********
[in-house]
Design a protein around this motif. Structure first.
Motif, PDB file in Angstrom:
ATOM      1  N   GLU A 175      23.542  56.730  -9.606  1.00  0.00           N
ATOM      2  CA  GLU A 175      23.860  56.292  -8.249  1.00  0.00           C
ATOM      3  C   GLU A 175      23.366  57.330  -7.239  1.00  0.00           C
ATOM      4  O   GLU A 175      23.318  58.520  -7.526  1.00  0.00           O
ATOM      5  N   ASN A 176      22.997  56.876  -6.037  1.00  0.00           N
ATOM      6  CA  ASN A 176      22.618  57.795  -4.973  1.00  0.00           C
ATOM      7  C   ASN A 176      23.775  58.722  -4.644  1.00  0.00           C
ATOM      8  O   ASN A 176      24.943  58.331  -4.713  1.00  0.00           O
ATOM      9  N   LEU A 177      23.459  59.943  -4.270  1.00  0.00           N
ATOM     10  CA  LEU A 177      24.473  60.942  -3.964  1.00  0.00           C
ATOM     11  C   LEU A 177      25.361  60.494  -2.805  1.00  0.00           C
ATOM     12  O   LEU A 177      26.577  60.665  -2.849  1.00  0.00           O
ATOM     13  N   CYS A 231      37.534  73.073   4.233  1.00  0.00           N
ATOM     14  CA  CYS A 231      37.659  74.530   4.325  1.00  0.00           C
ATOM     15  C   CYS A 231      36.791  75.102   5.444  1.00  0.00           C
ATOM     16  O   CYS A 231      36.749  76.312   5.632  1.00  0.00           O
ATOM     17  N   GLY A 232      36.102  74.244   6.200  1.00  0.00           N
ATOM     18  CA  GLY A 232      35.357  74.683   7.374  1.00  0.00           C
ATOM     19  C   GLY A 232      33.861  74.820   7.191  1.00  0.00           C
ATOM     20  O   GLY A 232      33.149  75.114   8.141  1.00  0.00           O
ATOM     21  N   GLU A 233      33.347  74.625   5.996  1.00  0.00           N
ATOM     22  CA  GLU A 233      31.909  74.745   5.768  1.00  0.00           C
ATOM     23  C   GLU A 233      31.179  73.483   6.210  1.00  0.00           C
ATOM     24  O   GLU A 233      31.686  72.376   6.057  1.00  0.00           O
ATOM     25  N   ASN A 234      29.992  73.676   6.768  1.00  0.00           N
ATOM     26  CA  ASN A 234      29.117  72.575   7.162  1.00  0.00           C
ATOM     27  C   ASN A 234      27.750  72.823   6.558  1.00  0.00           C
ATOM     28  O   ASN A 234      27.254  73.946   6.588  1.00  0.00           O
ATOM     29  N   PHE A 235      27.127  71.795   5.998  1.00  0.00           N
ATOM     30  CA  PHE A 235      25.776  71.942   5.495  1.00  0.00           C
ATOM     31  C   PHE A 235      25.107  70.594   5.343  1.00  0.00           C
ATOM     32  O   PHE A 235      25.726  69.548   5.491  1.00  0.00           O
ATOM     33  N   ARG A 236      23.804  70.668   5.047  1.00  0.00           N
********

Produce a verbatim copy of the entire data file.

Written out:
[in-house]
Design a protein around this motif. Structure first.
Motif, PDB file in Angstrom:
ATOM      1  N   GLU A 175      23.542  56.730  -9.606  1.00  0.00           N
ATOM      2  CA  GLU A 175      23.860  56.292  -8.249  1.00  0.00           C
ATOM      3  C   GLU A 175      23.366  57.330  -7.239  1.00  0.00           C
ATOM      4  O   GLU A 175      23.318  58.520  -7.526  1.00  0.00           O
ATOM      5  N   ASN A 176      22.997  56.876  -6.037  1.00  0.00           N
ATOM      6  CA  ASN A 176      22.618  57.795  -4.973  1.00  0.00           C
ATOM      7  C   ASN A 176      23.775  58.722  -4.644  1.00  0.00           C
ATOM      8  O   ASN A 176      24.943  58.331  -4.713  1.00  0.00           O
ATOM      9  N   LEU A 177      23.459  59.943  -4.270  1.00  0.00           N
ATOM     10  CA  LEU A 177      24.473  60.942  -3.964  1.00  0.00           C
ATOM     11  C   LEU A 177      25.361  60.494  -2.805  1.00  0.00           C
ATOM     12  O   LEU A 177      26.577  60.665  -2.849  1.00  0.00           O
ATOM     13  N   CYS A 231      37.534  73.073   4.233  1.00  0.00           N
ATOM     14  CA  CYS A 231      37.659  74.530   4.325  1.00  0.00           C
ATOM     15  C   CYS A 231      36.791  75.102   5.444  1.00  0.00           C
ATOM     16  O   CYS A 231      36.749  76.312   5.632  1.00  0.00           O
ATOM     17  N   GLY A 232      36.102  74.244   6.200  1.00  0.00           N
ATOM     18  CA  GLY A 232      35.357  74.683   7.374  1.00  0.00           C
ATOM     19  C   GLY A 232      33.861  74.820   7.191  1.00  0.00           C
ATOM     20  O   GLY A 232      33.149  75.114   8.141  1.00  0.00           O
ATOM     21  N   GLU A 233      33.347  74.625   5.996  1.00  0.00           N
ATOM     22  CA  GLU A 233      31.909  74.745   5.768  1.00  0.00           C
ATOM     23  C   GLU A 233      31.179  73.483   6.210  1.00  0.00           C
ATOM     24  O   GLU A 233      31.686  72.376   6.057  1.00  0.00           O
ATOM     25  N   ASN A 234      29.992  73.676   6.768  1.00  0.00           N
ATOM     26  CA  ASN A 234      29.117  72.575   7.162  1.00  0.00           C
ATOM     27  C   ASN A 234      27.750  72.823   6.558  1.00  0.00           C
ATOM     28  O   ASN A 234      27.254  73.946   6.588  1.00  0.00           O
ATOM     29  N   PHE A 235      27.127  71.795   5.998  1.00  0.00           N
ATOM     30  CA  PHE A 235      25.776  71.942   5.495  1.00  0.00           C
ATOM     31  C   PHE A 235      25.107  70.594   5.343  1.00  0.00           C
ATOM     32  O   PHE A 235      25.726  69.548   5.491  1.00  0.00           O
ATOM     33  N   ARG A 236      23.804  70.668   5.047  1.00  0.00           N